Parents themselves also benefit. They don't have to spend time on the school run, an activity estimated to collectively cost them £520 million a year.

For more information on this, the Bromsgrove advertiser have written an article on the upcoming week (www.bromsgroveadvertiser.co.uk/news/regional/worcestershire/17667345.push-bike-clear-benefits-of-cycling-to-school/), alternatively head over to the Sustrans website to learn more about the week as well as the great work they're doing. www.sustrans.org.uk/

Tags: Herefordshire, Impact reports, Insight, May, Worcestershire

Posted: Wed, 01 May 2019 10:00 by Thomas Lawley

April - Active Lives release

April - Active Lives release

As April comes to a close, we look back on the highlights of the month just gone.

Record numbers more active! - Active Lives Adult Survey.

More than half a million adults are now active according to Sport England's Active Lives Survey published on April 11th. The most notable increases in participation has been seen in women, older adults, disabled people and those living with long-term health conditions.

Based on data gathered from November 2017-November 2018, a total of 498,100 more people (aged 16+) are meeting the Chief Medical Officer's guidelines of doing at least 150 minutes of moderate intensity physical activity a week compared to 12 months ago.

In addition to the increase in people classed as active, the number of inactive adults – those doing fewer than 30 minutes of physical activity a week – has reduced by 185,000.

These figures mean that 62.6% of the adult population are now classed as active, with 25.1% now inactive.

Our research also shows that enjoyment is the biggest motivator for the active while, for those who are not active, perceived ability has the biggest impact on how much they do.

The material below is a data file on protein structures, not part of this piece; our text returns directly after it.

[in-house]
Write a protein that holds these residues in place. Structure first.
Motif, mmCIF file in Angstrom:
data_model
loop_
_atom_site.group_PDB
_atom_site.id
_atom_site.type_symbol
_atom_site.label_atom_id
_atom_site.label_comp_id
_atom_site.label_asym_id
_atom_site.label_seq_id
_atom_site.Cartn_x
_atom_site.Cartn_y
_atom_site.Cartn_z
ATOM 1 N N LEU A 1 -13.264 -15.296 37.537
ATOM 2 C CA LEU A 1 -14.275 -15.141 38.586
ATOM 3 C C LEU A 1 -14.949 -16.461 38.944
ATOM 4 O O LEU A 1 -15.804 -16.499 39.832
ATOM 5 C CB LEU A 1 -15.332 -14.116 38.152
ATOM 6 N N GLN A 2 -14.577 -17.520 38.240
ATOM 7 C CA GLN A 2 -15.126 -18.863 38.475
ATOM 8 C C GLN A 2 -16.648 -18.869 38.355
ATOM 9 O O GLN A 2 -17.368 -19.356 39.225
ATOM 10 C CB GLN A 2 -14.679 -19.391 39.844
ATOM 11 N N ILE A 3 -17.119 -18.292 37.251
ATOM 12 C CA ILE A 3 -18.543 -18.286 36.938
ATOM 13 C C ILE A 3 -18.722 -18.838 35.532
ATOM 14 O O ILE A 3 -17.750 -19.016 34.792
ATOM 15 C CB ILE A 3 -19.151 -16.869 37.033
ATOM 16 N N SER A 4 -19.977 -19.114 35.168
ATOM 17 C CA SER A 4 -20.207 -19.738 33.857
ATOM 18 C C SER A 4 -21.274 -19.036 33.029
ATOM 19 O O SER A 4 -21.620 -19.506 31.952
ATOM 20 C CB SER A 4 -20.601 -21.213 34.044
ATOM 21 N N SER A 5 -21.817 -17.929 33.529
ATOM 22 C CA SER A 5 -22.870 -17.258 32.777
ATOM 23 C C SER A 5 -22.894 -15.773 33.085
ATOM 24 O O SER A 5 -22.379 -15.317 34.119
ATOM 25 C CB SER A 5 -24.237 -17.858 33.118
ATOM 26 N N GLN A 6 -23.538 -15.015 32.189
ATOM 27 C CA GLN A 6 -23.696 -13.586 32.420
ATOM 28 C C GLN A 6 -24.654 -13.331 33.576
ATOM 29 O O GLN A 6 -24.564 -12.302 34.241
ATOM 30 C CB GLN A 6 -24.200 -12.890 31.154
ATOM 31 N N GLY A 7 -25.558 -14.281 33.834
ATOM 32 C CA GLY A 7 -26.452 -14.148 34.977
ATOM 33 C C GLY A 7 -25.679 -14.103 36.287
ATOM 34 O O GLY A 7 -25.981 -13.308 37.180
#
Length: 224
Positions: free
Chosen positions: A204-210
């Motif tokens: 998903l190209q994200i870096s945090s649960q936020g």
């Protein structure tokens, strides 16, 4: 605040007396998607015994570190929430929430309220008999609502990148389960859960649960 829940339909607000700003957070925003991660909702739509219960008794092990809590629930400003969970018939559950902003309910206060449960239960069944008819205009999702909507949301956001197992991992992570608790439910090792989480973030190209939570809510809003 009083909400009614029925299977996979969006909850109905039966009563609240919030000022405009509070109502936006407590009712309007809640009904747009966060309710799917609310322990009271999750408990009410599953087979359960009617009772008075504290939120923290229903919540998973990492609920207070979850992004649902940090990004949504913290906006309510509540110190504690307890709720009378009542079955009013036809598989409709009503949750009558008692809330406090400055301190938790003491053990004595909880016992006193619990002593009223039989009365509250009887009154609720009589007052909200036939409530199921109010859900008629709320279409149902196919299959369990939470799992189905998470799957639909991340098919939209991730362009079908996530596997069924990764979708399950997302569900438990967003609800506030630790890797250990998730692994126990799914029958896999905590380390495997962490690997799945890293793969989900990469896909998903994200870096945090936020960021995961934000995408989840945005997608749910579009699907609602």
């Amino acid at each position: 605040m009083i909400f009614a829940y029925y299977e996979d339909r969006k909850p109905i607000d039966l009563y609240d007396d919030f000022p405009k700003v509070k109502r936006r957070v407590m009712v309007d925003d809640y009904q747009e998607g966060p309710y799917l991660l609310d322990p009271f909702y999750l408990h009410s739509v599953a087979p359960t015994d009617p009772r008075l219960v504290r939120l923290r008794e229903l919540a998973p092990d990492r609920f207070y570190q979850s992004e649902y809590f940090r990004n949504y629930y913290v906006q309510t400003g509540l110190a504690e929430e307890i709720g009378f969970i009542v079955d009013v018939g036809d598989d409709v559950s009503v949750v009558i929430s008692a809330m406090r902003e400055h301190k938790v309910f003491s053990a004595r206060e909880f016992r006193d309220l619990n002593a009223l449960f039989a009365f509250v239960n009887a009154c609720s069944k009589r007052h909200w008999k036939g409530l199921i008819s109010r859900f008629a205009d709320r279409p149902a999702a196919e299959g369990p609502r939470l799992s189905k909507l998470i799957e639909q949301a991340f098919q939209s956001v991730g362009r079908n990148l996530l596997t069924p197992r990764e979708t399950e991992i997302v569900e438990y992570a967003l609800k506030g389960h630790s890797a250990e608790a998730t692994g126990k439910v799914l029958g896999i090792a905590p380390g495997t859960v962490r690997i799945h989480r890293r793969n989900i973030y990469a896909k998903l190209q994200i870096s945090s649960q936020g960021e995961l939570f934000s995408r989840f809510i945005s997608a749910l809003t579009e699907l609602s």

The results, based on a sample of 180,000 members of the public, show specific increases in the number of active women, with a year-on-year increase of 286,000 thanks in part to efforts across the sport and physical activity sector to appeal to women.

This means the gender gap between numbers of men and women who are physically active, is continuing to narrow.

More locally it was a tale of sticking to the status quo with no significant increase or decrease in participation levels in any demographic.

Sit less, play more World Health Organisation (WHO) tells children

Children under five must spend less time sitting watching screens, or restrained in prams and seats, get better quality sleep and have more time for active play if they are to grow up healthy, according to new guidelines issued by the World Health Organisation.

The new recommendations at a glance are as follows;

Infants (less than 1 year) should:

  • Be physically active several times a day in a variety of ways, particularly through interactive floor-based play; more is better. For those not yet mobile, this includes at least 30 minutes in prone position (tummy time) spread throughout the day while awake.
  • Not be restrained for more than 1 hour at a time (e.g. prams/strollers, high chairs, or strapped on a caregiver's back). Screen time is not recommended. When sedentary, engaging in reading and storytelling with a caregiver is encouraged.
  • Have 14–17h (0–3 months of age) or 12–16h (4–11 months of age) of good quality sleep, including naps.

Children 1-2 years of age should:

  • Spend at least 180 minutes in a variety of types of physical activities at any intensity, including moderate-to-vigorous-intensity physical activity, spread throughout the day; more is better.
  • Not be restrained for more than 1 hour at a time (e.g., prams/strollers, high chairs, or strapped on a caregiver's back) or sit for extended periods of time. For 1-year-olds, sedentary screen time (such as watching TV or videos, playing computer games) is not recommended. For those aged 2 years, sedentary screen time should be no more than 1 hour; less is better. When sedentary, engaging in reading and storytelling with a caregiver is encouraged.
  • Have 11-14 hours of good quality sleep, including naps, with regular sleep and wake-up times.

Children 3-4 years of age should: